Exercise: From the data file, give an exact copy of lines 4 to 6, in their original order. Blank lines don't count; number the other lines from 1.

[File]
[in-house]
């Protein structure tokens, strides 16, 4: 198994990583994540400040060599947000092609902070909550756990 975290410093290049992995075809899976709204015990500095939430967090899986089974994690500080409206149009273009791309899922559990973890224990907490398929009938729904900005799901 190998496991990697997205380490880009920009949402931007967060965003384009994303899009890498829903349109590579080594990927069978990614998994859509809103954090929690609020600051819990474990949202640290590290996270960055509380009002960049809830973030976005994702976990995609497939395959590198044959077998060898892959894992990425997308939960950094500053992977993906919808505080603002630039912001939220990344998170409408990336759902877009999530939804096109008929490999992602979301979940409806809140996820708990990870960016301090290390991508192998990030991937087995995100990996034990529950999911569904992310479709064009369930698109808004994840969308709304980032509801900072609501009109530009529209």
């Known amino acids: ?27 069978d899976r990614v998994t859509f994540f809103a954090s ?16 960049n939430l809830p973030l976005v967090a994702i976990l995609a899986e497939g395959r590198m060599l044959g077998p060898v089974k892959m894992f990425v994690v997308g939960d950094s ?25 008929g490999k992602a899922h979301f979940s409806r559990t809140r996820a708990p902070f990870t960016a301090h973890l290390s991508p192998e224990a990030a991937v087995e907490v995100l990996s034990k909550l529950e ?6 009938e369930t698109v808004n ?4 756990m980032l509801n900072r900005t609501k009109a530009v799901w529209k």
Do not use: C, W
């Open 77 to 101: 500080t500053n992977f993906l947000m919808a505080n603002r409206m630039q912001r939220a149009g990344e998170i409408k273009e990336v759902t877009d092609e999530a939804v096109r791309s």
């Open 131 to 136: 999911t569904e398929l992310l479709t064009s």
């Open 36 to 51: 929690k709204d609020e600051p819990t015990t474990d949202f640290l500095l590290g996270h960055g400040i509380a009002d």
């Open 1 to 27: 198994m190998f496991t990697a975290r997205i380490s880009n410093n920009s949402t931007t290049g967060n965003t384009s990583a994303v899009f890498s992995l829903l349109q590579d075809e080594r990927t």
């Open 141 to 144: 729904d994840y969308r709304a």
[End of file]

Do not use: C, W
């Open 77 to 101: 500080t500053n992977f993906l947000m919808a505080n603002r409206m630039q912001r939220a149009g990344e998170i409408k273009e990336v759902t877009d092609e999530a939804v096109r791309s």
């Open 131 to 136: 999911t569904e398929l992310l479709t064009s």